EPS is everywhere: It holds your food, secures items in packages, provides insulation in homes and industry and it’s even in your bike helmet. It’s also known as plastic #6, which you’ve seen used in plastic cups and CD and DVD cases.
Can expanded polystyrene, EPS, be recycled?
Even if your community recycles plastic #6, it may not accept EPS. Because it’s so lightweight, EPS takes up 0.01 percent of the total municipal solid waste stream by weight, but as you may have guessed, its volume is a greater problem than its weight. It takes up space in landfills and doesn’t biodegrade. Landfills are for profit entities that charge by weight and space is a precious commodity. EPS therefore presented a unique challenge. Fortunately, scientists at Sony discovered that EPS completely dissolves when sprayed with limonene, a natural oil extracted from the skin of oranges or other citrus fruits. The EPS dissolves at room temperature and can be processed for reuse.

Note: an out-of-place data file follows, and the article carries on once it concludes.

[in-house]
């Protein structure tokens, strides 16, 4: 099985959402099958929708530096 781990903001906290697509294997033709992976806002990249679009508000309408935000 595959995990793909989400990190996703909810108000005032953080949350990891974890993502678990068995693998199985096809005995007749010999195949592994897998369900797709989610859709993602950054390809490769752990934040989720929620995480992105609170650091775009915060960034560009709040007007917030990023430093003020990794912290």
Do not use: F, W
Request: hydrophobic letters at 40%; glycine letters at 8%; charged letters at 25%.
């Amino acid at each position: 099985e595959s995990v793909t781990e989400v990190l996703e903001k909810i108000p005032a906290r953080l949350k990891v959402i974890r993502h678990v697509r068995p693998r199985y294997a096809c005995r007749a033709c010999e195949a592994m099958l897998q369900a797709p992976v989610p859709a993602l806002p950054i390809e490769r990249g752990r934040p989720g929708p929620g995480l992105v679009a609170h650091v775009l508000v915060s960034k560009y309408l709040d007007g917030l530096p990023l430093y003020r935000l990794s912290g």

The Alliance of Foam Packaging Recyclers reports that 56 million pounds of EPS are now recycled yearly in the U.S. That’s an astonishing amount considering that EPS is 98 percent air.
Because of the varied uses for EPS, recycling requirements are a little more complex than, say, paper and other plastics, but it is worth making the effort to keep this prevalent material in use and out of landfills.
Reduce, Reuse, Recycle